You know what, friends?? I’ve realized something about all the op-eds that I’ve been writing for the last six months: Most of them are about some dangerous aspect of the patriarchy and its treatment of women. Take this op-ed about AOC and Maxine Waters pushing back against mansplainers in Congress.
Here’s how my days typically go when I’m on deadline for a timely op-ed: I get the acceptance in the morning, turn in the piece at 1 p.m. and see it publish around 3:30 p.m.! This is my first for The Independent (yes, I know I didn’t share my pieces for The Independent in chronological order), but definitely not my first time taking men to task for their mansplaining…
Isn’t what happened to AOC and Maxine Waters all too familiar?? I mean, it’s becoming a broken record at this point, and women are sick of it! Their exchanges with men mirror, on a national level, what women all across the country have experienced. In all occupations, not just politics, and in seemingly every area of life.
We’re tired. It’s amazing (and frustrating) the number of times men have swooped in on Facebook or Twitter to try and “explain” something to me, only to act incredibly insulted when I pushed back.
But this piece for The Independent started with this tweet I posted after I heard about Paul Ryan trying to give AOC some “little tips” about being in Congress. Ugh, ugh, ugh….where’s the eye-roll emoji when you need it? Ironically, men even tried to mansplain to me in response to said tweet; I think the irony was lost on them, though.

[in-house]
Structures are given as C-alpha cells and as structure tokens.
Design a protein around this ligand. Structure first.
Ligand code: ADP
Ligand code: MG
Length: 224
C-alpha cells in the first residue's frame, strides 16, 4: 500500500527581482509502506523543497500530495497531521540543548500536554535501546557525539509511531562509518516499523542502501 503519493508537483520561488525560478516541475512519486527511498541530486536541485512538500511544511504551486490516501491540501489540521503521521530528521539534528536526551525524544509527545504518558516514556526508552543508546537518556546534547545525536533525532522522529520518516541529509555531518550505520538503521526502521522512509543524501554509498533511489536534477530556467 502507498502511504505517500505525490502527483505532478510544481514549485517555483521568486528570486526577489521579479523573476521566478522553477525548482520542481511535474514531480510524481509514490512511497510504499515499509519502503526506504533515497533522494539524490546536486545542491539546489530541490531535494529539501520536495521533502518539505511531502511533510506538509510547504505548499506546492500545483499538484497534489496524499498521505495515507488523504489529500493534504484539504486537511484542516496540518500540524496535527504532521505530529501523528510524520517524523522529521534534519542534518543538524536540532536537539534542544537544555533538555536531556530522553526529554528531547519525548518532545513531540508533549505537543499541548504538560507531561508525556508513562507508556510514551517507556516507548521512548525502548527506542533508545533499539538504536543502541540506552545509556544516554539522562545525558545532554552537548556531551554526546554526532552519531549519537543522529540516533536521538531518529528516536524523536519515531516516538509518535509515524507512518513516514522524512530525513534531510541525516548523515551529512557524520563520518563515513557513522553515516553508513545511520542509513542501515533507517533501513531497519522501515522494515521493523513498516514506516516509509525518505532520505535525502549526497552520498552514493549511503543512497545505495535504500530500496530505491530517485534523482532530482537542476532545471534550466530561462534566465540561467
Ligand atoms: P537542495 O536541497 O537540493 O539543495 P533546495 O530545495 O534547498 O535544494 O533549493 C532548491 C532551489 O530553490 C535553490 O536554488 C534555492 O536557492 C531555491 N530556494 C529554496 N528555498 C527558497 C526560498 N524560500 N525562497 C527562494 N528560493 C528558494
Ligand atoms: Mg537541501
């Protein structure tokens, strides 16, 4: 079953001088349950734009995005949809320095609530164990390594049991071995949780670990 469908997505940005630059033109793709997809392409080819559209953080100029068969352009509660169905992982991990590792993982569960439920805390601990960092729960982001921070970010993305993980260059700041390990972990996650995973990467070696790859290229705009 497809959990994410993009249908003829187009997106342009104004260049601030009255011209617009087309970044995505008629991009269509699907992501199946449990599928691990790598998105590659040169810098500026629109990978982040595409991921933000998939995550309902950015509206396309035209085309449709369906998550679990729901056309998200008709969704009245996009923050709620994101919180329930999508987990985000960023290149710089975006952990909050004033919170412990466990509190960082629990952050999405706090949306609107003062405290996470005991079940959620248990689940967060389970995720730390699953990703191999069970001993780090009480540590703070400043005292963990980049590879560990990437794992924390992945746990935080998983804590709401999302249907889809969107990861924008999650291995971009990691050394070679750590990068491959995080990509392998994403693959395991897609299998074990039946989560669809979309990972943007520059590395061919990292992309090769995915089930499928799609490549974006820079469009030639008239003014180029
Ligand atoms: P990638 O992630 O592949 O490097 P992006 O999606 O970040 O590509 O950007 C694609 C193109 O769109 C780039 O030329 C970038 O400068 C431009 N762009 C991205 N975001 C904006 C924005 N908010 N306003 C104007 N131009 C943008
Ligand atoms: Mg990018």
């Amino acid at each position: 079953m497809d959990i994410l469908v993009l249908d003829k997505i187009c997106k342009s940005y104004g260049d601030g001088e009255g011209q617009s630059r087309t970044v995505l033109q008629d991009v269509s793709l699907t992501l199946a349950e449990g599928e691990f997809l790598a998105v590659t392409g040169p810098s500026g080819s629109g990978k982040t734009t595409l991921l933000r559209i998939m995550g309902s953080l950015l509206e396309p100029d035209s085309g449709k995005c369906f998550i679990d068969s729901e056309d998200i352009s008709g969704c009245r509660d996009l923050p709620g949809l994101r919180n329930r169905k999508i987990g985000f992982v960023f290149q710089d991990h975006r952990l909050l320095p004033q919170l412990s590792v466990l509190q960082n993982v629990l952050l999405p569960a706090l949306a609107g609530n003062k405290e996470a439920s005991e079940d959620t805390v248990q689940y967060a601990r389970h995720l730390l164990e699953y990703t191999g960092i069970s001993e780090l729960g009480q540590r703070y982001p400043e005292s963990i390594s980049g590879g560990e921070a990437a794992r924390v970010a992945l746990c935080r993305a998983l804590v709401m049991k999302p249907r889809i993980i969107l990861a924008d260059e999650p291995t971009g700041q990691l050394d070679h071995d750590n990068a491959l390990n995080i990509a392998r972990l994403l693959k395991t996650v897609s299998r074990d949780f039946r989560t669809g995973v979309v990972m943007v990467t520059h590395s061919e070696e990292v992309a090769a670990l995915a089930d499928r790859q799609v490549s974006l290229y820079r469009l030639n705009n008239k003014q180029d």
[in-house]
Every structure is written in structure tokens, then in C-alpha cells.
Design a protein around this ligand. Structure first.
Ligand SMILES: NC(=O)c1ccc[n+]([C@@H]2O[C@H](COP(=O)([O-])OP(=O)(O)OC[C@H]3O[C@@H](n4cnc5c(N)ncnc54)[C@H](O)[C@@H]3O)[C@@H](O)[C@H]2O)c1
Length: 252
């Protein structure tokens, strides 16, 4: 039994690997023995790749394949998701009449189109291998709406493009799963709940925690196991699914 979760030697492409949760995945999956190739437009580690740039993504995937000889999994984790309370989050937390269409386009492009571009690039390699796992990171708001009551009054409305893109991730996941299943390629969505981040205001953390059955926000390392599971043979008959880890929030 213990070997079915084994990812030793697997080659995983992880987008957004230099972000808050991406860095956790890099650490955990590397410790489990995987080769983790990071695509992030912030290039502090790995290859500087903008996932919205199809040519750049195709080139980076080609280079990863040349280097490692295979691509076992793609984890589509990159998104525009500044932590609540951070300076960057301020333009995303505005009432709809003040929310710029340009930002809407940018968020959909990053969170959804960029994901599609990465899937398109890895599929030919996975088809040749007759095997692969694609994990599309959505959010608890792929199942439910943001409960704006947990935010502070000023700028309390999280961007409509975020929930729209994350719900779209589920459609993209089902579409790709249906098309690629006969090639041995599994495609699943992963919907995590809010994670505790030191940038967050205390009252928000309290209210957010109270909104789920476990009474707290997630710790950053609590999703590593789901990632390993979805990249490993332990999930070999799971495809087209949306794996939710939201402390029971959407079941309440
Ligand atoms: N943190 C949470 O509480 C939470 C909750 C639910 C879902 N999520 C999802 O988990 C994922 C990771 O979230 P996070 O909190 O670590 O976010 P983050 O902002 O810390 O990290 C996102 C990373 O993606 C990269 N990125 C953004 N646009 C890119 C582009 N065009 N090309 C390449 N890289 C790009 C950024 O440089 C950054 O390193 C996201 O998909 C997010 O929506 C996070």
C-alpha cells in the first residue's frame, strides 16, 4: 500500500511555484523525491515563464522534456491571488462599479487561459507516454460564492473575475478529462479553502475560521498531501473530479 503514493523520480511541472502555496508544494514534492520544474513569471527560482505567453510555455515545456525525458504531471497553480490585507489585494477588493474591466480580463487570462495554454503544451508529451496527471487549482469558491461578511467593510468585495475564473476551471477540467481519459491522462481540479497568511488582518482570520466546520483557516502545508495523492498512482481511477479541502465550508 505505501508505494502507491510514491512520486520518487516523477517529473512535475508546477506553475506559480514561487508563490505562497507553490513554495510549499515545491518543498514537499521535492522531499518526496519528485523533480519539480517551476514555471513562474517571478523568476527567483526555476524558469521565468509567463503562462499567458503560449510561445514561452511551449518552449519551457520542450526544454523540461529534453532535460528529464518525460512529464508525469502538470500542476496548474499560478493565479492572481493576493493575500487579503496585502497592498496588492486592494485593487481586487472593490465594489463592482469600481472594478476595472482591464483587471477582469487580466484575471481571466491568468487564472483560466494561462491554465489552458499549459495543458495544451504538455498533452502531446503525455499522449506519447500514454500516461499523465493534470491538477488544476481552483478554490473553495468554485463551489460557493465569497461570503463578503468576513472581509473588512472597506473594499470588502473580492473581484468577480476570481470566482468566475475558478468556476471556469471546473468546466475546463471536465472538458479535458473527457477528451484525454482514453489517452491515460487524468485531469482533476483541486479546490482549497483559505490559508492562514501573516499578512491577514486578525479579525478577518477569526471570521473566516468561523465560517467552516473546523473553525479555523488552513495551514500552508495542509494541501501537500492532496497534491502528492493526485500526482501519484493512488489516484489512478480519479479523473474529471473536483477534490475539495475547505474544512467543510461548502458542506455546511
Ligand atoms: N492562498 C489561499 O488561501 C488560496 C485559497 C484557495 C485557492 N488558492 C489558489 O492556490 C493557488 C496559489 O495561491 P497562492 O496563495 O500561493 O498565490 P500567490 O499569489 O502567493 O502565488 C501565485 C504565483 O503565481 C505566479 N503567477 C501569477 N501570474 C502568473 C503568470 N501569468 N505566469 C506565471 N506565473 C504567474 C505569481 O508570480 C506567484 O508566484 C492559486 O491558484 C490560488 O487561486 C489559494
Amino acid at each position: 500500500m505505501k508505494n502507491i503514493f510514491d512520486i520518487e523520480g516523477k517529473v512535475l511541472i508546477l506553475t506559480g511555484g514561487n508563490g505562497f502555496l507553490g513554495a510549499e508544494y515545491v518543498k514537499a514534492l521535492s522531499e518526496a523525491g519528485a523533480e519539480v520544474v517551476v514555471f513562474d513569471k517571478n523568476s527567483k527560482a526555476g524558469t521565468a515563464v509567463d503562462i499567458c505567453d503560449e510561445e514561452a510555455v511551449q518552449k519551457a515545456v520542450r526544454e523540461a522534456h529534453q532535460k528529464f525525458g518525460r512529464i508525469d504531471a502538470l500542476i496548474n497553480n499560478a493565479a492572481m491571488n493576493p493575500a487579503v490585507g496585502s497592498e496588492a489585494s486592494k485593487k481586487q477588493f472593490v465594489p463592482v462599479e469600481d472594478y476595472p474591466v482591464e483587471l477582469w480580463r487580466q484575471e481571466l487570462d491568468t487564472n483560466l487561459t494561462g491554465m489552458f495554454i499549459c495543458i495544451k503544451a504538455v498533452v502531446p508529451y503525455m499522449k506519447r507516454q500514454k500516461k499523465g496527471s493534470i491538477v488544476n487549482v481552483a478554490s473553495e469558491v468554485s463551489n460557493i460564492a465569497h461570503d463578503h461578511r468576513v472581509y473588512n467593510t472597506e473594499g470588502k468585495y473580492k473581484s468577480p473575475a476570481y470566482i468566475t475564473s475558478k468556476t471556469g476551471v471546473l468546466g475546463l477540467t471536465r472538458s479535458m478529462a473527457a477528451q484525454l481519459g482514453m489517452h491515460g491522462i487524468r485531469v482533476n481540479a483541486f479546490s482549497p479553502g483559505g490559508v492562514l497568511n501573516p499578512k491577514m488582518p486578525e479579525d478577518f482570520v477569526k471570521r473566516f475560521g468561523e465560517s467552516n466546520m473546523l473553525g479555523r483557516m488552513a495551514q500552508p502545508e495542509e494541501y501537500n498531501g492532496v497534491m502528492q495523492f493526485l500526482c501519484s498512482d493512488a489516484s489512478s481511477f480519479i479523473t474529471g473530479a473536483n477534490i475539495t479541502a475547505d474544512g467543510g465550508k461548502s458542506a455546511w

Here’s an excerpt of the piece, in which I remind the world, yet again, that women are not required to listen to men…
It’s 2019, but it seems that a lot of men still have yet to grasp that the women in their lives didn’t ask for an explanation in the first place. They operate under the assumption that women are in desperate need of help, that they aren’t capable of completing or understanding tasks themselves, and that a man’s advice will magically save the day.
Yet the women I know? We’re tired. We’re tired of being underestimated and not taken seriously. We’re tired of being seen as weak and incapable. I’m starting to lose count of the number of times men have swooped in on Facebook or Twitter to try and “explain” something to me, only to act incredibly insulted when I pushed back; it’s as if they think I’m somehow required to listen.
You can read the full piece here and I’d love to hear your thoughts. Feel free to email me anytime at firstname.lastname@example.org and let’s chat! And of course, feel free to share my essay on Facebook, Twitter or even your local refrigerator. If you share on Twitter, be sure to tag me @melissablake so we can connect! I can’t wait to hear from you! Love you all… xoxo